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Distributed for University College Dublin Press

Queer Whispers

Gay and Lesbian Voices of Irish Fictions

The first comprehensive survey of LGBTQ fiction in contemporary Ireland.
 
Before Ireland decriminalized same-sex sexual activity in 1993, the nation was essentially devoid of an LGBTQ literary tradition, due to the political and cultural dominance of conservative, censorious ideology. Though the situation has drastically changed in some ways since then—the first nation to legalize same-sex marriage by popular vote, Ireland is today hailed as a beacon of equal rights—there is still much work to be done to fully claim parity, visibility, and recognition for all LGBTQ artists.

Queer Whispers is the first comprehensive survey of Irish LGBTQ fiction, spanning the late 1970s through today. The book foregrounds the cultural contribution of Irish writers whose subversive, dissident voices not only challenged the homophobia and heteronormative values of pre-1993 Ireland but also continue to interrogate the persistent discrimination in today’s seemingly more liberal atmosphere. Through analyses of representative novels and short stories, José Carregal addresses a host of social issues—lesbian invisibility, same-sex parenthood, and the HIV/AIDS epidemic, among many others—and considers how authors pushed for broader awareness of the oppression of LGBTQ people in contemporary Ireland. The writing explored in Queer Whispers consistently exposes the limitations imposed by cultural and political silence, while simultaneously articulating new forms of recognition and resilience in the face of queer Ireland’s continued struggles.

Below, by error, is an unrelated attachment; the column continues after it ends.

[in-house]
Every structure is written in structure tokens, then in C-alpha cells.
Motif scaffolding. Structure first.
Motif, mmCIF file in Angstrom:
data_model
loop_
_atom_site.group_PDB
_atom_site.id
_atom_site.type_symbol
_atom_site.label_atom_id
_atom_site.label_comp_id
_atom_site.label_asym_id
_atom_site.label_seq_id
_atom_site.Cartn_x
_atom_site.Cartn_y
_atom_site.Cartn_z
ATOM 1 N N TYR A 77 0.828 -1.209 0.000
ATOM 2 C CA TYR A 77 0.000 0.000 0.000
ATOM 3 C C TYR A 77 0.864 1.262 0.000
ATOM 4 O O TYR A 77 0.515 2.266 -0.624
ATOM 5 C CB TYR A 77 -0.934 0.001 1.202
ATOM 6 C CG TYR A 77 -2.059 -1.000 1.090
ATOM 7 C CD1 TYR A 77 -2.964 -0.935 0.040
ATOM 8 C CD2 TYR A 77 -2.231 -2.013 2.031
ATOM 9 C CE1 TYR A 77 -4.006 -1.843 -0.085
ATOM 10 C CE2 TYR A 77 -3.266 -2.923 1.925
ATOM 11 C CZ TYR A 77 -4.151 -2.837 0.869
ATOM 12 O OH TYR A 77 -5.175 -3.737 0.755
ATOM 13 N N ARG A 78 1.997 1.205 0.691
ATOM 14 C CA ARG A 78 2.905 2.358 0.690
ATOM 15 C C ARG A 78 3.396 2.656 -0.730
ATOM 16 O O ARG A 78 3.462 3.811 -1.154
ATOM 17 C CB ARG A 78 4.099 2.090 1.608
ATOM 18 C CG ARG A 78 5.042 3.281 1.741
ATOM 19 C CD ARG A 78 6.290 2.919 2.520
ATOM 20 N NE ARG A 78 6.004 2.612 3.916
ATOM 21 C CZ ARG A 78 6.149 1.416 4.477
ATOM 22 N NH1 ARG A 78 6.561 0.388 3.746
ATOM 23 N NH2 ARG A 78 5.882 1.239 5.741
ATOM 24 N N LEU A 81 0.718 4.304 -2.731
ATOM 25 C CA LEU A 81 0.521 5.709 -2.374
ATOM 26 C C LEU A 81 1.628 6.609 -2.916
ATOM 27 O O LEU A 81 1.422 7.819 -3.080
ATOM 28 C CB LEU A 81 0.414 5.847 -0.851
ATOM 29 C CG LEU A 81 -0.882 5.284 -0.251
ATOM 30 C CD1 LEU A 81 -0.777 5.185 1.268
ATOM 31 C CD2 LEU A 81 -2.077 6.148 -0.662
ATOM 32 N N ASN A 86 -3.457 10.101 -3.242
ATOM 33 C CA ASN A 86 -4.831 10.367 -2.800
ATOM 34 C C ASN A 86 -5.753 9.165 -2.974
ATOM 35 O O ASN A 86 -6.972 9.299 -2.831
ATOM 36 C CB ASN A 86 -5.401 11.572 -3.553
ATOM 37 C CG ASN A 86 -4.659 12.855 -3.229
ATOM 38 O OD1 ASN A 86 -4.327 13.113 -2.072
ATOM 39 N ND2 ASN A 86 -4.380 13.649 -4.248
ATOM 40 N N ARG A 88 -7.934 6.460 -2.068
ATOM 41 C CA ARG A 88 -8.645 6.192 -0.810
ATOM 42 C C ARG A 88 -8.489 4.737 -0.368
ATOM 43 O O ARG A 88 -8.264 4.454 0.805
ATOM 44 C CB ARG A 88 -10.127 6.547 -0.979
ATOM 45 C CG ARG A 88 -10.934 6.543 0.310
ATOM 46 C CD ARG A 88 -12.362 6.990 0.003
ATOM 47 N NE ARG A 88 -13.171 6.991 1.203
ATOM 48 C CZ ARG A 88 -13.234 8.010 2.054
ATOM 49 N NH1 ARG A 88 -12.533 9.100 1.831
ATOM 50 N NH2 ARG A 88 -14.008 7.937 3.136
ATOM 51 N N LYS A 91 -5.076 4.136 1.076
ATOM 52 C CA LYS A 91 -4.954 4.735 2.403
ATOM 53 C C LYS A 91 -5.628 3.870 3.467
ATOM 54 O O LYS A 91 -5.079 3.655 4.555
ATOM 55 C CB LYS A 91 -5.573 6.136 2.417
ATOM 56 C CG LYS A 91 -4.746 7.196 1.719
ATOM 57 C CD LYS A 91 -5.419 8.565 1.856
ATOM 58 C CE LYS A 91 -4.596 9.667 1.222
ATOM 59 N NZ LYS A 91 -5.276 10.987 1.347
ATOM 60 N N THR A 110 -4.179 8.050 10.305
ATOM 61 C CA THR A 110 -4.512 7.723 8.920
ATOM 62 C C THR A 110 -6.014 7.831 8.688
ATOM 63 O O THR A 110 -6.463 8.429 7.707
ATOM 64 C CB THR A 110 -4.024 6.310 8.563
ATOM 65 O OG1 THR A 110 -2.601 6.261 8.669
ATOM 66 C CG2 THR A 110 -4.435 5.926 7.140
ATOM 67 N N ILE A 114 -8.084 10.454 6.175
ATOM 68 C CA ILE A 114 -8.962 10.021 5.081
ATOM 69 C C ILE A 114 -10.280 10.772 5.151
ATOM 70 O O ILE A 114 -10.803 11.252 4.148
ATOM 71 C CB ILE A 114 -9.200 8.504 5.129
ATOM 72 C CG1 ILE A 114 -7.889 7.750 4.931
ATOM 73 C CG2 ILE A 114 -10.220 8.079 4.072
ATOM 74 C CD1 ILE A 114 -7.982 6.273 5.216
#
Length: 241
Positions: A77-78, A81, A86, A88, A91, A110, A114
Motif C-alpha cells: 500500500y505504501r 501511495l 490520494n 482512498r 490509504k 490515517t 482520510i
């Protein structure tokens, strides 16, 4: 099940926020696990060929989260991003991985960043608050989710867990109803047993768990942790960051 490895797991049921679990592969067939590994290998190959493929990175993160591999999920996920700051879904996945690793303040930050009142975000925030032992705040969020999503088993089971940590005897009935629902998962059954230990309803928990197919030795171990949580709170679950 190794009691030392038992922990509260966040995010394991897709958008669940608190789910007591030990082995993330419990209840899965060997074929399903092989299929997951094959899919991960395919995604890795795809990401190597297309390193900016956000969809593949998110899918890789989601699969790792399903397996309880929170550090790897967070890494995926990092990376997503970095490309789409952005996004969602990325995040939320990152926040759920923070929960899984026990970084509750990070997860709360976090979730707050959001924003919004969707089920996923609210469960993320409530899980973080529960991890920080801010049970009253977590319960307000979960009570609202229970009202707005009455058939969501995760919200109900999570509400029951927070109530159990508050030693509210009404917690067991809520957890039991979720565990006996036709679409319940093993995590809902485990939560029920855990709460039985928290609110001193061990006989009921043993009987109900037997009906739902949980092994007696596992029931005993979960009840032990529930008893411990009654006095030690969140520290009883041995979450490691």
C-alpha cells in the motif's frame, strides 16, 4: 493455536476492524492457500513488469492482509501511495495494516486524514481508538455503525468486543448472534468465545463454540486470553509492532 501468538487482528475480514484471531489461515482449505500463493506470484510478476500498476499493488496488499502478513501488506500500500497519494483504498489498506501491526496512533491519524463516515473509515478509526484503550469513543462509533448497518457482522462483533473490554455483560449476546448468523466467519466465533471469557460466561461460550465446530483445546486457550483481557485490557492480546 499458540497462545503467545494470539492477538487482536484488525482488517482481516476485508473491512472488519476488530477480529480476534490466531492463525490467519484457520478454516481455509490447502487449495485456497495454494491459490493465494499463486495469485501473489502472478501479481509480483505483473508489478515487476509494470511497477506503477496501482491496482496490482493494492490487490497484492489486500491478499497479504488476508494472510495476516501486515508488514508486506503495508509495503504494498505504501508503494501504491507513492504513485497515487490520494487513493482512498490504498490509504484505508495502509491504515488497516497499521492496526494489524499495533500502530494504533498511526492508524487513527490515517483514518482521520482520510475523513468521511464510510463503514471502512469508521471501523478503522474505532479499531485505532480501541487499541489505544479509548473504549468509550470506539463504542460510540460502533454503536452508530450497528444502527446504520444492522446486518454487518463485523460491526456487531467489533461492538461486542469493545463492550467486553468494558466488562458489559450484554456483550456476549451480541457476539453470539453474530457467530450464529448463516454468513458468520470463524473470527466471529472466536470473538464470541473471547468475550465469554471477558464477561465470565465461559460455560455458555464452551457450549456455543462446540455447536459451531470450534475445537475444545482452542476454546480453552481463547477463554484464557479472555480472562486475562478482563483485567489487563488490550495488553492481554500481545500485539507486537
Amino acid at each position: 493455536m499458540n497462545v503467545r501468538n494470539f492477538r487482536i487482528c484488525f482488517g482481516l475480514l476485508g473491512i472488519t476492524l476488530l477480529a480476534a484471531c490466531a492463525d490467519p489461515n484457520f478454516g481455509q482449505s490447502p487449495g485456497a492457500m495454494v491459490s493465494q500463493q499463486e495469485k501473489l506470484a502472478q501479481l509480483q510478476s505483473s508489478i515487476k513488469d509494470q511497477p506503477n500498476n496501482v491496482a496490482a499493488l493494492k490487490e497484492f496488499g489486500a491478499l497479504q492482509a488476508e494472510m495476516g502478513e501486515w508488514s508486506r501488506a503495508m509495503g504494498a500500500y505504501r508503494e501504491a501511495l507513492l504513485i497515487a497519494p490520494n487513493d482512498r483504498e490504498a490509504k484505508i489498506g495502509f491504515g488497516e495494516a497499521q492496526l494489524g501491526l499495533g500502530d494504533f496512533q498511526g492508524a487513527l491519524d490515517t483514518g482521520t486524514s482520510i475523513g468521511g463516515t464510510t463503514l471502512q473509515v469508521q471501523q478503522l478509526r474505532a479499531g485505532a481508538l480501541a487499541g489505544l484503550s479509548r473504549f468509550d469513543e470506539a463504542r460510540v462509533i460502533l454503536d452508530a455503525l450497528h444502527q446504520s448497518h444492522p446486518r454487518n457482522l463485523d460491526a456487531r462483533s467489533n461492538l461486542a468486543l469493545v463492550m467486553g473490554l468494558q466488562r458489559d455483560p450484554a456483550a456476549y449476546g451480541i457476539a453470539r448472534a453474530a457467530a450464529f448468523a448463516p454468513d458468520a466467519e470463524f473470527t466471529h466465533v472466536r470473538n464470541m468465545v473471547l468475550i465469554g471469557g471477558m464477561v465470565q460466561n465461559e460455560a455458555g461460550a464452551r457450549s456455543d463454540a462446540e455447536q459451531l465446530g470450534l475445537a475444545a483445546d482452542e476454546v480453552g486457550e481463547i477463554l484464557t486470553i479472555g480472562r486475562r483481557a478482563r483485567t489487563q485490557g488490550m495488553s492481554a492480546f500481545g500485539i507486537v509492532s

250 pages | 6 1/4 x 9 1/4

Gay and Lesbian Studies

Literature and Literary Criticism: British and Irish Literature, General Criticism and Critical Theory


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Table of Contents

Preface by Mary Dorcey
Introduction
1. “I don’t even know how to be a lesbian”: Lesbian Isolation and Vulnerability in 1980s and early 1990s Irish Fiction
2. “A slow, laboured process of self-discovery”: The Feminist Politics of Mary Dorcey’s Fiction
3. “Men Without Refuge”: The Subculture of Cruising in Irish Gay Short Stories
4. “Love is War”: The Irish Gay Coming-Out Novel
5. “The Only Real Way to Fight Evil is to Hold Someone’s Hand”: The Cultural Narratives of AIDS in Irish Fiction
6. “The room feels warmer when you’re in it”: Lesbian Relationships in Emma Donoghue’s Contemporary-Set Novels
7. “He did not Fit the Bill as a Gay Man”: Narratives of Gay Life and Identity in Celtic Tiger Ireland
8. “A Nation of the Heart”: Queering the Past in Irish Historical Fiction
Bibliography
Index


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